“Art is…a tool of diplomacy,” Clinton said during her remarks at the ceremony. “It is one that reaches beyond governments, past all of the official conference rooms and the presidential palaces, to connect with people all over the world.”
For more, including a video of Clinton’s remarks, visit the State Department site.
A California law meant to impose special penalties on the paparazzi for reckless driving has been declared unconstitutional by a Los Angeles County superior court judge, according to several news reports.
Judge Thomas Rubinson said the law was too broad when prosecutors invoked it against photographer Paul Raef. The paparazzo was charged with reckless driving last July after a high-speed chase of pop star Justin Bieber’s car.
The law, which was enacted in 2010, imposes extra penalties on anyone who drives dangerously to take photos for commercial gain. It was intended to target the paparazzi, although it could be used to prosecute photojournalists rushing to breaking news events.
The extra penalties include jail terms up to six months and fines up to $2,500. It was signed by former governor (and actor) Arnold Schwarzenegger, and it was supported by several celebrities who have lobbied state lawmakers to pass laws restricting the activities of the paparazzi.
Raef was first to be charged under the law when he chased Bieber’s car on a California freeway last summer at speeds that allegedly exceeded 80 miles per hour.
Rubinson said the law interfered with news gathering activities protected by the First Amendment.
Reaf still faces reckless driving charges and fines that any driver might face, but he’s no longer subject to the additional penalties called for by the photos-for-commercial-gain law.
And the law itself has not been struck down entirely. Rubinson’s ruling on the law applies only to Raef’s case. If prosecutors appeal the ruling to a higher court, the law could be struck down entirely.
In the seminar “The Art and Business of Portraiture,” held during PhotoPlus Expo, portrait photographers Lydia Panas, Chris Buck, and Charlotte Dumas showed their work, primarily focusing on their fine art images, and described how they interact with their subjects to make compelling portraits. Gallerist Michael Foley of the Foley Gallery in New York moderated the discussion.
Panas, a fine artist whose portraits reveal much about character and relationships, showed work from her Mark of Abel and Falling from Grace projects. She explained that she doesn’t direct her subjects; in fact, she talks very little, and works without assistants when she’s shooting fine-art portraits. “I recognize what is happening between myself and the model, and I don’t force anything,” she said. “It’s amazing what you can see just by staring at someone.” (more…)
Three days after a French gossip magazine published photos of Kate Middleton, Dutchess of Cambridge, sunbathing topless, a court in France has ordered the magazine’s publisher to hand over all digital copies and blocked future publication of the images in any medium. The court ruled yesterday that the tabloid Closer must hand over the images within 24 hours or face a penalty of $13,100 a day, the AP reports. The photos were taken without permission while Middleton and her husband, William the Duke of Cambridge, an heir to the British throne, were vacationing at a private home court in the South of France. The French court also fined the French branch of Closer’s publisher, Mondadori, which is owned by Silvio Berlusconi, the Italian media mogul (and disgraced prime minister.)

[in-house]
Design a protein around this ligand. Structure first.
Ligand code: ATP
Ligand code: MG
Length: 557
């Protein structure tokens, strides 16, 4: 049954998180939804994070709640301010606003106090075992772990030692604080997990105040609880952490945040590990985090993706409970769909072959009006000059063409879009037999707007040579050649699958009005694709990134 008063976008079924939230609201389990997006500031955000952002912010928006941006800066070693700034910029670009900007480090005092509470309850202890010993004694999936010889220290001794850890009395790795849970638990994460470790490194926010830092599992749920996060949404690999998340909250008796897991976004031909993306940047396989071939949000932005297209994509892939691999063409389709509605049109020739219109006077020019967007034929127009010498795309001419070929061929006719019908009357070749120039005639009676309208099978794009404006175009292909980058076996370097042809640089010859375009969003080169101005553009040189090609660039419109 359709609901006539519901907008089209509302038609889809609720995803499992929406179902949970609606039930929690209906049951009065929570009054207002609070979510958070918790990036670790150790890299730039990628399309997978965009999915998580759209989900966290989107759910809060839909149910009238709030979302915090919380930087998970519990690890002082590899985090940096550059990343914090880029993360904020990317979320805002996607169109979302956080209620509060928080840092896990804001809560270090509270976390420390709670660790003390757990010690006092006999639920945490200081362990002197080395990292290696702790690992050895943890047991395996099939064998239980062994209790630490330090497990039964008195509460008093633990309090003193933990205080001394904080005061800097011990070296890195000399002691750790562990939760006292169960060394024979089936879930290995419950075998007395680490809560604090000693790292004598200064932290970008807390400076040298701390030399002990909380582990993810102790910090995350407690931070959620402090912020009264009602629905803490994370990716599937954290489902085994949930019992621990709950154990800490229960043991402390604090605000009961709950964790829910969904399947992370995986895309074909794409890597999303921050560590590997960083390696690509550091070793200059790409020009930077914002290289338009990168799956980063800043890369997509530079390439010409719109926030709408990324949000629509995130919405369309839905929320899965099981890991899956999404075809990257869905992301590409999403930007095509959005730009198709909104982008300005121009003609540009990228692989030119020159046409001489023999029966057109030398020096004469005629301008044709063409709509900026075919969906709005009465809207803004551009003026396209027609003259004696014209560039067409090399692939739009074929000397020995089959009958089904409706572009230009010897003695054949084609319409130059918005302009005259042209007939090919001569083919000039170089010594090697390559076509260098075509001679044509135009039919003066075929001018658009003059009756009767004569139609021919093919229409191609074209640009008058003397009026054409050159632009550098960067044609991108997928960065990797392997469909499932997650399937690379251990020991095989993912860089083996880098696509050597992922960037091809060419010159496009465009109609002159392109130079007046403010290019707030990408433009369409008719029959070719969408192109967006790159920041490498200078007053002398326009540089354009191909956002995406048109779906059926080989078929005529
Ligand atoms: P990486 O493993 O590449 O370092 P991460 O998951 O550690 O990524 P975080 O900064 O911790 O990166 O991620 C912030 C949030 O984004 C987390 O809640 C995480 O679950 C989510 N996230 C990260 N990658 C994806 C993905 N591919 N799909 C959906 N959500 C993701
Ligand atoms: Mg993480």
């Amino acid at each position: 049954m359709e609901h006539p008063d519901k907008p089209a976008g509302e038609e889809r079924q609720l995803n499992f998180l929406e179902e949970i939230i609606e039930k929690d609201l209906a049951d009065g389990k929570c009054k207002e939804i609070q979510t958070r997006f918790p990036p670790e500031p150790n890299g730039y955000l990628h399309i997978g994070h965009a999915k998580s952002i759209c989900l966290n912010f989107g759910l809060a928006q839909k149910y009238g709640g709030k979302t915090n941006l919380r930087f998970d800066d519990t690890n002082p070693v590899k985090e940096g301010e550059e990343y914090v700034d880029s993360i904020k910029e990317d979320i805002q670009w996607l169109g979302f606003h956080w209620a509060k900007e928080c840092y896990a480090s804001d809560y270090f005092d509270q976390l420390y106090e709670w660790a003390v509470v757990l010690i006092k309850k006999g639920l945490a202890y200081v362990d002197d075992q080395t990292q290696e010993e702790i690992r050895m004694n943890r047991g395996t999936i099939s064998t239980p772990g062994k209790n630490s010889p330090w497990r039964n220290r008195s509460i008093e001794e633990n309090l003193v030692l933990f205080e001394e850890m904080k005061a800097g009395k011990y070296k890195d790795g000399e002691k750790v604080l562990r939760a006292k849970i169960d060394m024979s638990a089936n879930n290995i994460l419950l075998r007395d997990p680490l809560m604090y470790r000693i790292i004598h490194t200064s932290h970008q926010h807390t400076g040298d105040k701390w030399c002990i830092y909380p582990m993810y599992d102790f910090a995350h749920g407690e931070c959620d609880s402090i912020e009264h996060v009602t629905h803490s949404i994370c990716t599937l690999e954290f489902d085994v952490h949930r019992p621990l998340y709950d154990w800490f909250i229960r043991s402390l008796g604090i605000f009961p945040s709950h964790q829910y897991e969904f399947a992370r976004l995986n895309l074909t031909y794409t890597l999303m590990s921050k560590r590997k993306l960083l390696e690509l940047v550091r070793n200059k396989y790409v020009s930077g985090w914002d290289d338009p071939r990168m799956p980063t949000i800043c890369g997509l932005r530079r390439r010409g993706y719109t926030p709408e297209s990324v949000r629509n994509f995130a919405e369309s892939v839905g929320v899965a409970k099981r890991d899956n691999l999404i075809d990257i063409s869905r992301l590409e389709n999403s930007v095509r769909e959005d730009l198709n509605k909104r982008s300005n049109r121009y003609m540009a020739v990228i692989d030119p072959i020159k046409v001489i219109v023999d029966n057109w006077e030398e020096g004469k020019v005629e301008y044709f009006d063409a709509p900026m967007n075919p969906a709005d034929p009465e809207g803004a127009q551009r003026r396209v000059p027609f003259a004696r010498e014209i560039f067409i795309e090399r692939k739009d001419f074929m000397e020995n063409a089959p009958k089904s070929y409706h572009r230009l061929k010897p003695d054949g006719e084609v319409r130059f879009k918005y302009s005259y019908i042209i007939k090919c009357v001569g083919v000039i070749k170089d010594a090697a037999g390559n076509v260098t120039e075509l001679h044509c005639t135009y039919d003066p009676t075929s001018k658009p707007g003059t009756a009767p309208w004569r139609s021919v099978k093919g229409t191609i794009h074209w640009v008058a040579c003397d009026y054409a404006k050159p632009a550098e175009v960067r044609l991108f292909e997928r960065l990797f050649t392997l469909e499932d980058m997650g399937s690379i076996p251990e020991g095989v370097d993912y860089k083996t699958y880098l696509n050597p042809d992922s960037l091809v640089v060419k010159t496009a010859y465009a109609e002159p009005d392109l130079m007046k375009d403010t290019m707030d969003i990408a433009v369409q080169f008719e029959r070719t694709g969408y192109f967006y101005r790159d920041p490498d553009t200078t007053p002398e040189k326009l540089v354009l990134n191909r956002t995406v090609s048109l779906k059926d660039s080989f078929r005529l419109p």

Maud Sobel, a lawyer for the royal couple, said after the verdict, “We’ve been vindicated.” However, the French court’s ruling only affects Closer; the images have already been in an issue of Chi in Italy (also owned by Mondadori) and in the Independent Star of Ireland. And who knows how many websites have reposted them.
The ruling may seem surprising. France, a country that has codified droit d’auteur, “moral rights” and other artists’ protections into law, and hasn’t had much use for monarchs since Louis XVI was guillotined n 1793, is siding against the press in favor of some huffy royals on the other side of the Channel.
According to the court, however, the issue at stake was the couple’s privacy.
The ruling states, “These snapshots which showed the intimacy of a couple, partially naked on the terrace of a private home, surrounded by a park several hundred meters from a public road, and being able to legitimately assume that they are protected from passers-by, are by nature particularly intrusive,” the French ruling decreed.
While the French tradition of holding artists’ rights in high regard probably dates back to the French Revolution, its privacy laws are steeped in an even older tradition: the protection of honor.
Reviewing a new history of privacy law in The New York Times, Jeffrey Rosen, a law professor and editor at The New Republic, noted that Europe and America have always had different conceptions of privacy.
Rosen says that in the European tradition, privacy was conceived “as a way of protecting human dignity (as opposed to the American one, which is more interested in privacy as a way of protecting liberty).” Quoting scholar James Q. Whitman, Rosen notes that privacy rights grew out of a “deeply hierarchical society where all citizens knew their place and how much privacy they were entitled to demand: in such a world, privacy was for aristocrats, not for common people.”
The French court’s decision bears out Whitman’s contention: the ruling protects the honor of an aristocrat. A commoner might not have won this case. Not they would need to sue, since the breasts of us common folk aren’t tabloid fodder.